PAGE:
Romans 1 is clear: it is obvious from what God has made that he exists, and those who refuse to acknowledge it suppress the truth in unrighteousness. But they are made in the image of God (Genesis 1:27) and have a difficult time completely getting rid of their innate knowledge of God. They try, but cannot quite seem to do it. Instead, they hold to irrational beliefs that are inconsistent with their worldview.

A Deep Longing

Like everyone, atheists and agnostics long for meaning, purpose, and hope. After all, God has written eternity on their hearts (Ecclesiastes 3:11), so they know there must be more to this life than what we can see. But their worldview does not offer any ultimate meaning, purpose, or hope. In their worldview, when you die, you cease to exist. That’s it. The end. Or is it? If that were really true, then why do up to 25% of atheist and 35% of agnostic responses “agree” or “strongly agree” that reincarnation exists? And (even more surprisingly) why do up to 30% of atheists and agnostics “agree” or “strongly agree” that life after death exists?5 That certainly seems like a core-belief contradiction.

Since atheists and agnostics know there is no ultimate meaning, purpose, or hope in that kind of outlook, what do many atheists and agnostics do to give themselves the very thing their worldview cannot supply? They add a (false) hope to their worldview: karma, astrology, fate, reincarnation—or many other things for which the study didn’t account. Each of these beliefs gives some idea that there is more to us and this life than just naturalism. That, somehow, our lives have some kind of cosmic purpose or meaning, and maybe, just maybe, there really is something beyond the here and now.

The Hope Everyone Needs

But what these atheists and agnostics really need to do is acknowledge the bankruptcy of their worldview and ditch it! They need to give up a worldview that cannot give them what they truly long for and embrace the only one that can: a biblical worldview grounded in the reality of the gospel of Jesus Christ.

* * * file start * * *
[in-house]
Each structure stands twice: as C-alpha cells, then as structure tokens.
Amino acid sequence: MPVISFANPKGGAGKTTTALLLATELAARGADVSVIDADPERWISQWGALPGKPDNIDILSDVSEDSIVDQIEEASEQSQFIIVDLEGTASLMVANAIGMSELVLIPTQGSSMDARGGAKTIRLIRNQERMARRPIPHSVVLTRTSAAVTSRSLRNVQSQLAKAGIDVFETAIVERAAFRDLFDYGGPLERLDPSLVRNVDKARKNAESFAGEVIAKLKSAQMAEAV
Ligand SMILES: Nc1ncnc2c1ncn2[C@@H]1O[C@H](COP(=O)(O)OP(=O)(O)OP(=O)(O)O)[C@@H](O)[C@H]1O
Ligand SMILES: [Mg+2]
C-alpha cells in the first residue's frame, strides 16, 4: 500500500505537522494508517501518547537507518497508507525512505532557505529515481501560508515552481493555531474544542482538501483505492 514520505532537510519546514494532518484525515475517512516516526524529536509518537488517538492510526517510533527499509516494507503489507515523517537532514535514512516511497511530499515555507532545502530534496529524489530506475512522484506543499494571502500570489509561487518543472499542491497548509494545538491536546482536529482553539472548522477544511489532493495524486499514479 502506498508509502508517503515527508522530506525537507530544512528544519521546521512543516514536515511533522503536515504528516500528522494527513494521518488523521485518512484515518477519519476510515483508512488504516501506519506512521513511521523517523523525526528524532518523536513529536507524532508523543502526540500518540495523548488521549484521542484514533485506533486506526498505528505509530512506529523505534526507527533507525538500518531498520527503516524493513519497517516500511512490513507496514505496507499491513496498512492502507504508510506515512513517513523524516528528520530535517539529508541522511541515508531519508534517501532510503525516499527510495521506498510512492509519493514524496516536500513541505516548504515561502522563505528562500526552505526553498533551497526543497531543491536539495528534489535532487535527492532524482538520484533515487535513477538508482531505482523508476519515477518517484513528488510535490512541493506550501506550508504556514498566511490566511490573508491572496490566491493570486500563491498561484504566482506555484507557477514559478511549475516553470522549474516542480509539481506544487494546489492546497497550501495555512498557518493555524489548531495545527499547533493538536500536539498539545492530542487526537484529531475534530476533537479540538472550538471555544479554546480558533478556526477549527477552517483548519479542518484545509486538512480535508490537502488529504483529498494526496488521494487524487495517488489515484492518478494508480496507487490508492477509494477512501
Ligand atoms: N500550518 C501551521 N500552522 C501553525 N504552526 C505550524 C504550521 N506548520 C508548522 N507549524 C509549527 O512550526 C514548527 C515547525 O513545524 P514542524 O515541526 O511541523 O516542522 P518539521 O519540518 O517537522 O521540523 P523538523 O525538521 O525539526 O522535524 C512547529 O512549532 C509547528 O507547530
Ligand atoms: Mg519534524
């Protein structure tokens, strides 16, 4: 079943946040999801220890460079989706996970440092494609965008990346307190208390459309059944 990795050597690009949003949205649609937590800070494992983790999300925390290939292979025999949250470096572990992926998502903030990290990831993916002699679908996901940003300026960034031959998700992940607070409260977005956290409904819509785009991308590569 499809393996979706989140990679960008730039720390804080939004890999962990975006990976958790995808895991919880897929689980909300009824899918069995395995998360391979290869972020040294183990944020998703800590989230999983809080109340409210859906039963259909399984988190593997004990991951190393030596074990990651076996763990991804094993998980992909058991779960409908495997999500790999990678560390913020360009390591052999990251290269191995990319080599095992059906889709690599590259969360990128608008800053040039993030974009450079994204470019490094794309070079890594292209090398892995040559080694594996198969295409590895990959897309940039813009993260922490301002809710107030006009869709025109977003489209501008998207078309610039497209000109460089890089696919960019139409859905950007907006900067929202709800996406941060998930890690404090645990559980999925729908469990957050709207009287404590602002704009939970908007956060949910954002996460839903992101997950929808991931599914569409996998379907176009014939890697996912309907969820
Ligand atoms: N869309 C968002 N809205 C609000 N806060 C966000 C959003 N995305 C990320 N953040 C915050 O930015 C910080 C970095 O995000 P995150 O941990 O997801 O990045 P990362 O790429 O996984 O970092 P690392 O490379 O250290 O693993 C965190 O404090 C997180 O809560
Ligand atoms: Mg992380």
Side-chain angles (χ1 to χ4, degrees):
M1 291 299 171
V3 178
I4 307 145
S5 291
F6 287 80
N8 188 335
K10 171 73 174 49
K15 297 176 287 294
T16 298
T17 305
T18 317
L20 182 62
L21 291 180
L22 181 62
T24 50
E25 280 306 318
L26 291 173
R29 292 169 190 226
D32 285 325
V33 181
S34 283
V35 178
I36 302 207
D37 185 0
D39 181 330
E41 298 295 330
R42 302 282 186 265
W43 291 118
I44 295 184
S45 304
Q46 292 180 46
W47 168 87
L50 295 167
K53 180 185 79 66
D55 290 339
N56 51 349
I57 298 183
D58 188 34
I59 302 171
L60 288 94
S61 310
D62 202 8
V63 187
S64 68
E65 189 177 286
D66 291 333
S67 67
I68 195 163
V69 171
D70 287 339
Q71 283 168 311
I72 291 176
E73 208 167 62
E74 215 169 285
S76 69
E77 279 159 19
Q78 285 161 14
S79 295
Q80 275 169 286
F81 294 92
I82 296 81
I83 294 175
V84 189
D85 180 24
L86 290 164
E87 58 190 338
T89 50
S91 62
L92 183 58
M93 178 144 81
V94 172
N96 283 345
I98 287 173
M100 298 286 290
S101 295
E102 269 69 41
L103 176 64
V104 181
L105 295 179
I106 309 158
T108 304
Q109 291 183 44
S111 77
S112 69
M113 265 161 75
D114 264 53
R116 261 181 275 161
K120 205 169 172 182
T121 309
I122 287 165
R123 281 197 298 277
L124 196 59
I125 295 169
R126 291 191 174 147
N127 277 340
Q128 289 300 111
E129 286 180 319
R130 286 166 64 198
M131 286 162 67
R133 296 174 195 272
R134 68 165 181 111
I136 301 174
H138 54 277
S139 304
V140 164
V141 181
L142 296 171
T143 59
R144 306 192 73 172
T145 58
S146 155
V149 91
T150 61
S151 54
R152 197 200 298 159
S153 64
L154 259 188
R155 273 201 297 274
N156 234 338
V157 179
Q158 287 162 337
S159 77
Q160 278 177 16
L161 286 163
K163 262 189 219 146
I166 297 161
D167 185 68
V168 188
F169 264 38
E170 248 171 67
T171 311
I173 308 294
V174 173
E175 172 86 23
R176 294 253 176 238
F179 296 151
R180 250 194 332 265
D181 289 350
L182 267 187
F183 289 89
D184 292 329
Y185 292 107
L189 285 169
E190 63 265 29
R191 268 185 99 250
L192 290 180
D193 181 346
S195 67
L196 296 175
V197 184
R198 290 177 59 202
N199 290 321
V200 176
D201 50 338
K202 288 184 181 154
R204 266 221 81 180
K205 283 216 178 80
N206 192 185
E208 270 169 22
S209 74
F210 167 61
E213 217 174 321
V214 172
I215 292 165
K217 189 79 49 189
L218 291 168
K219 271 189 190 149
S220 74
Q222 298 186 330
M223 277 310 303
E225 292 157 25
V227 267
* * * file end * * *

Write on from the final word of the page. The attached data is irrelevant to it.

In a biblical worldview, we were created by God in his very image. We have been created with purpose: “Fear God and keep his commandments, for this is the whole duty of man” (Ecclesiastes 12:13). Or, as the Shorter Catechism puts it, “to glorify God, and to enjoy him forever.” We have purpose and meaning in loving God and loving others (Matthew 22:37 and 39). That is how we bring glory to the One who made us and whose image we bear.

The biblical worldview does not just give us purpose and meaning, it also provides us with a hope that can never be taken away.

And the biblical worldview does not just give us purpose and meaning, it also provides us with a hope that can never be taken away. Scripture is clear that we are sinners and, looking around the world, it is pretty obvious that we are. We cannot keep God’s law, and the penalty for our rebellion against God is death (Romans 5:12).

So Jesus stepped into history and died on the cross, taking the penalty of death for us (2 Corinthians 5:21). If we repent (turn from our sin) and put our faith and trust in Christ and his completed work (Romans 10:9), we are forgiven of our sin, clothed in the very righteousness of Christ, and given new (2 Corinthians 5:17) and eternal life that can never spoil or fade (1 Peter 1:4). We have hope for now and eternity because of the gospel!

That’s the message every single person needs to hear and believe.

Footnotes

  1. Stephen Bullivant, et al., “Understanding Unbelief Atheists and Agnostics Around the World,” St Mary’s University, Twickenham, UK, 2019: 1-24 https://research.kent.ac.uk/understandingunbelief/wp-content/uploads/sites/45/2019/05/UUReportRome.pdf.
  2. New Scientist, “Most atheists believe in the supernatural, despite trusting science,” last modified May 30, 2019. https://institutions.newscientist.com/article/2204958-most-atheists-believe-in-the-supernatural-despite-trusting-science/.
  3. Ven S. Dhammika, “Do Buddhist believe in god?,” accessed July 23, 2019. http://www.buddhanet.net/ans73.htm.
  4. Barbara O'Brien, “Atheism and Devotion in Buddhism,” last modified on June 11, 2018. https://www.learnreligions.com/atheism-and-devotion-in-buddhism-449718.
  5. Stephen Bullivant, et al.,13.